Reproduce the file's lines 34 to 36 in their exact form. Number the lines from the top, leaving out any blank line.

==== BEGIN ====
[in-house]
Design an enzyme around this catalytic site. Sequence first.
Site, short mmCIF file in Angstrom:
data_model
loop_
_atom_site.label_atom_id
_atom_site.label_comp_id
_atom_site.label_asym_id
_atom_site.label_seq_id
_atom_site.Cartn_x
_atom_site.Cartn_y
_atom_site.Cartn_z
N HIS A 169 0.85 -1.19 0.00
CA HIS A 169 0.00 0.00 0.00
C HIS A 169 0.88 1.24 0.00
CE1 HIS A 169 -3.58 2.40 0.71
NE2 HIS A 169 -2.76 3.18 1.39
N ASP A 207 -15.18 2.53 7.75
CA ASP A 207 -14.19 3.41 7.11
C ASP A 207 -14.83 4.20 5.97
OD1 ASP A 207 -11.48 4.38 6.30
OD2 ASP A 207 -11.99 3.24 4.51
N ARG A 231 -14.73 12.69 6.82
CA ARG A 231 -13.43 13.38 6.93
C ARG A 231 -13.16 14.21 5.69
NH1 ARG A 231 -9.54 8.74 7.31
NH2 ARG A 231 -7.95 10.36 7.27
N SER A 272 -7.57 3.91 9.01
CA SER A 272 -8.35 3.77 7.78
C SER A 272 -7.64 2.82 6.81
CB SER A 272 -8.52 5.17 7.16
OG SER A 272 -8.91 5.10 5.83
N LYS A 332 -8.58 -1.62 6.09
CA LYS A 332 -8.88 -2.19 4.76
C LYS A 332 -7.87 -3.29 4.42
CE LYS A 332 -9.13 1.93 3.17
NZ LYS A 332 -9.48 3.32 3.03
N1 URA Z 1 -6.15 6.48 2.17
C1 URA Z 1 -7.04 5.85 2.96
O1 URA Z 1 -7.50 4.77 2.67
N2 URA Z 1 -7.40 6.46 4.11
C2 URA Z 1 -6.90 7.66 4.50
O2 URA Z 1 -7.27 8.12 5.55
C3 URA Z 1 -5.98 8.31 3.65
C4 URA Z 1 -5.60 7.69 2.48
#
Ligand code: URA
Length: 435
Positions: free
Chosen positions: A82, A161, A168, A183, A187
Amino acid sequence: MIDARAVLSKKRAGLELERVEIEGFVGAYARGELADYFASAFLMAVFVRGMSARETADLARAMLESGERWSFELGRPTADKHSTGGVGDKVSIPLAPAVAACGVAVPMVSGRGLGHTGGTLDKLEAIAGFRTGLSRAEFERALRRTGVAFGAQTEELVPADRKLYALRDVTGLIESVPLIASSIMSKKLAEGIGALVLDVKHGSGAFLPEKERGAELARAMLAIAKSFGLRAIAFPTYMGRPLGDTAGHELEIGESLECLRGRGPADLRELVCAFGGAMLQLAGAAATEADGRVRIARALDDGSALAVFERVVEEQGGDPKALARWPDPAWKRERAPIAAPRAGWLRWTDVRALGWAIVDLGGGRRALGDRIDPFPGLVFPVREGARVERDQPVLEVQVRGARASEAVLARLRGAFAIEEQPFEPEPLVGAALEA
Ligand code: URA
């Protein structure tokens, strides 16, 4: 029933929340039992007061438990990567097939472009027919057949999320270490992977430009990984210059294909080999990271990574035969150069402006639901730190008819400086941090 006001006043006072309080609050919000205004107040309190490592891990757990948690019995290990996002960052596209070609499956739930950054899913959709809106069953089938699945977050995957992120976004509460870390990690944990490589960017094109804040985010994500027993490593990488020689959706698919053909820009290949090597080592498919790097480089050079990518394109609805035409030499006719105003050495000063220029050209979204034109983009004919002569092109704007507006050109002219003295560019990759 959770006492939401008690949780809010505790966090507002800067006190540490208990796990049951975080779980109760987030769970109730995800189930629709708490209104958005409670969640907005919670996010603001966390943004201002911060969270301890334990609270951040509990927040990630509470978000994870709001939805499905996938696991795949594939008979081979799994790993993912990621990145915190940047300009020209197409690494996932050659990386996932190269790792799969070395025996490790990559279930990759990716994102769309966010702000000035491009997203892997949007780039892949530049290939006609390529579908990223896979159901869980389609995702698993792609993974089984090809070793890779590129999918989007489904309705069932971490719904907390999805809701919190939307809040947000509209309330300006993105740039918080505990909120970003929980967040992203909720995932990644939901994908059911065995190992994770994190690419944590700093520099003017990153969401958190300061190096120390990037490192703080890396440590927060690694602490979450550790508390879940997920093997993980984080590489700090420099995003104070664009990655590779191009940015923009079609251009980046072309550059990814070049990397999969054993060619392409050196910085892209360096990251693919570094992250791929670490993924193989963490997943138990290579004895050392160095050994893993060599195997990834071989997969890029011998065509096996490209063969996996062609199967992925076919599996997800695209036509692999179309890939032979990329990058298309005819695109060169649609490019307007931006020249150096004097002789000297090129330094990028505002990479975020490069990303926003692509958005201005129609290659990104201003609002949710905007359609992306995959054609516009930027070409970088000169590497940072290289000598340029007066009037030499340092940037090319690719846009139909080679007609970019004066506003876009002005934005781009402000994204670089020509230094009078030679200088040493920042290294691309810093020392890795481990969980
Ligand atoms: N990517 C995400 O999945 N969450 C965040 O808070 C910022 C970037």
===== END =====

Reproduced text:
CA LYS A 332 -8.88 -2.19 4.76
C LYS A 332 -7.87 -3.29 4.42
CE LYS A 332 -9.13 1.93 3.17